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New Poll of Battleground House Districts Finds a Huge Shift Toward Democrats Since 2016

WASHINGTON, DC - MARCH 24: (L to R) House Minority Whip Steny Hoyer (D-MD), House Minority Leader Nancy Pelosi (D-CA), Rep. Eric Swalwell, Rep. Joe Crowley (D-NY), and Rep. James Clyburn (D-SC) hold a news conference in the House Visitors Center following following the withdrawal of the House Republican healthcare bill, March 24, 2017 in Washington, DC. In a big setback to the agenda of President Donald Trump and the Speaker, Ryan cancelled a vote for the American Health Care Act, the GOP plan to repeal and replace the Affordable Care Act, also called 'Obamacare.' (Photo by Drew Angerer/Getty Images)

After an exhausting week for Democrats with the confirmation of Judge Brett Kavanaugh to the Supreme Court, a new poll gives a possible reason for hope at taking back the House.

The survey, by Washington Post-Schar School, polled over 2,000 likely voters across 69 battleground districts. Of those 69, only six are currently represented by Democrats, while Republicans hold 63. While Democrats do have a thin advantage (50 percent to 46 percent) over Republicans in these districts, the most surprising finding could be that these states held a 15 point advantage for Republicans in 2016, signaling a monumental nineteen percent shift in Democrats' favor over the past two years.


Democrats only need 23 of these seats in order to take back the House of Representatives, so fewer than half of the districts polled must swing left in order to give Democrats a solid majority.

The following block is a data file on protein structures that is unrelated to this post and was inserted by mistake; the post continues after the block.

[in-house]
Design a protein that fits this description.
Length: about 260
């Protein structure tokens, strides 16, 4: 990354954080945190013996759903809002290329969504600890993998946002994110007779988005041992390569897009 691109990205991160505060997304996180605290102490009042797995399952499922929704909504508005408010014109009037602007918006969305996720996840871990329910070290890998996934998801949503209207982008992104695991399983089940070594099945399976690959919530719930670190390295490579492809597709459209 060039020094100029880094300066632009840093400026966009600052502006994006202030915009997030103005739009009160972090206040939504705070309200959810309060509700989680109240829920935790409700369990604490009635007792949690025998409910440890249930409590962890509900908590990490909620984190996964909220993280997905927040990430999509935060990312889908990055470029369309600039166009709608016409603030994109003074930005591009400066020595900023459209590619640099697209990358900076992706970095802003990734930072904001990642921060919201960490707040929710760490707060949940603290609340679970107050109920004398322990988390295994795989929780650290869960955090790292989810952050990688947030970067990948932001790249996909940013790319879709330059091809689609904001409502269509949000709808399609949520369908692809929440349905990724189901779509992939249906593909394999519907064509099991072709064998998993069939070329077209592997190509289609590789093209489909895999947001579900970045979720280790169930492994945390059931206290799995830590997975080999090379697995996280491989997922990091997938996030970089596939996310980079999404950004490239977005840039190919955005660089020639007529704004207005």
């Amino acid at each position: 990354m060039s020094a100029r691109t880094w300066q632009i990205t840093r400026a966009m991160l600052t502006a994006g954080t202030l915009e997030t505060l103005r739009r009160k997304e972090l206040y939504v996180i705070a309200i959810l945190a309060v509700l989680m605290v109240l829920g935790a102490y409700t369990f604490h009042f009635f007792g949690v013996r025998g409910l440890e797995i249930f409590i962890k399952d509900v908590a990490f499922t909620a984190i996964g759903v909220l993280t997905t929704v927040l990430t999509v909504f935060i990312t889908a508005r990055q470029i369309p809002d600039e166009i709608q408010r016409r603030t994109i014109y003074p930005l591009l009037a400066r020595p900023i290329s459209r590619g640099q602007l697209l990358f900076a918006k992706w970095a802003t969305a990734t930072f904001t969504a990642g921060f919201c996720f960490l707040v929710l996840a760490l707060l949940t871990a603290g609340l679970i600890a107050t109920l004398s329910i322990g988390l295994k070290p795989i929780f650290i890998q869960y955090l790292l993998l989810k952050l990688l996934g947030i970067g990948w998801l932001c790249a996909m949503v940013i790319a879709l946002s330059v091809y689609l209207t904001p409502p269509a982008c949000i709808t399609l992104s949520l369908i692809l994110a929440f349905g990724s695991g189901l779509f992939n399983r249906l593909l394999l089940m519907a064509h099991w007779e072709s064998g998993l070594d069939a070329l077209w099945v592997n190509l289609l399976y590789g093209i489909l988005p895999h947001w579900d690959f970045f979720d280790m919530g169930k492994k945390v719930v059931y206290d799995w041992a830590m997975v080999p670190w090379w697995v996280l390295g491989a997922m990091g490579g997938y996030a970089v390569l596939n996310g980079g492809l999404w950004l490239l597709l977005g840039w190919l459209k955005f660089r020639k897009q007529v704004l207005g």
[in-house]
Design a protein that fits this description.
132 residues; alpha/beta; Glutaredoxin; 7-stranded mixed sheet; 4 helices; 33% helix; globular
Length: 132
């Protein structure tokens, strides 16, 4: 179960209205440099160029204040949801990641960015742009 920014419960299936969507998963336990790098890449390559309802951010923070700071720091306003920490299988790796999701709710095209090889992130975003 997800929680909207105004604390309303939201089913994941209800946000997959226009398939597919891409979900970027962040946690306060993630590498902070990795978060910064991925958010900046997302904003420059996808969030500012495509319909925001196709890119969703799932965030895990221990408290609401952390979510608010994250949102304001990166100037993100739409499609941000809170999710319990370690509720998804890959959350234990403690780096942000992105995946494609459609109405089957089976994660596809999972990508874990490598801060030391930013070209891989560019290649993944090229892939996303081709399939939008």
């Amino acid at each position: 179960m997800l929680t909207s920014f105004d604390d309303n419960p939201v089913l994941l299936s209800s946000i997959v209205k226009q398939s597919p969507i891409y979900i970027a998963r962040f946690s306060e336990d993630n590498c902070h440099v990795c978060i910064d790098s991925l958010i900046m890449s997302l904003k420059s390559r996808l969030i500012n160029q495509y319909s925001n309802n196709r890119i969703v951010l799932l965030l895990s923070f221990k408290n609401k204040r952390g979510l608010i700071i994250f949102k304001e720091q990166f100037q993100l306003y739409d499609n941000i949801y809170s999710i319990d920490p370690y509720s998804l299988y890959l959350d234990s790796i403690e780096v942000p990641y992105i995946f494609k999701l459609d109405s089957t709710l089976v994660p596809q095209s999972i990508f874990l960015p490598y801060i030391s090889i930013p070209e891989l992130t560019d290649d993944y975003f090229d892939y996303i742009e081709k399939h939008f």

However, with 2016 still vivid in the collective memory of Americans everywhere, many are hesitant to believe the polls.

Because, as we learned in 2016, polls are only assuring if people actually vote. Democrats are scrambling to remind their base of this fact.

Perhaps unsurprisingly, one group of voters is leading the way for Democrats in these battleground states.

Women in the 69 districts are favoring Democratic candidates 54 percent to 40 percent, while men only favor Democrats by 51 percent to 46 percent.

The gap widens when comparing college educated white women to white women without college degrees. Those with degrees favor democratic candidates 62 to 35 percent while women without college degrees favor Republicans by 49 to 45 percent.

Some see these numbers as indicative of a "pink wave," stemming from women voters mobilizing against the misogyny rampant across governing bodies. Even before Kavanaugh, talk of a building pink wave has been echoing for months.

Though the polls have many Democrats remaining cautiously hopeful, nothing is certain. Most Democrats have yet to be buoyed enough to be anywhere near complacent. It won't be until November 6 that Americans of all political parties discover which way the nation has decided to turn.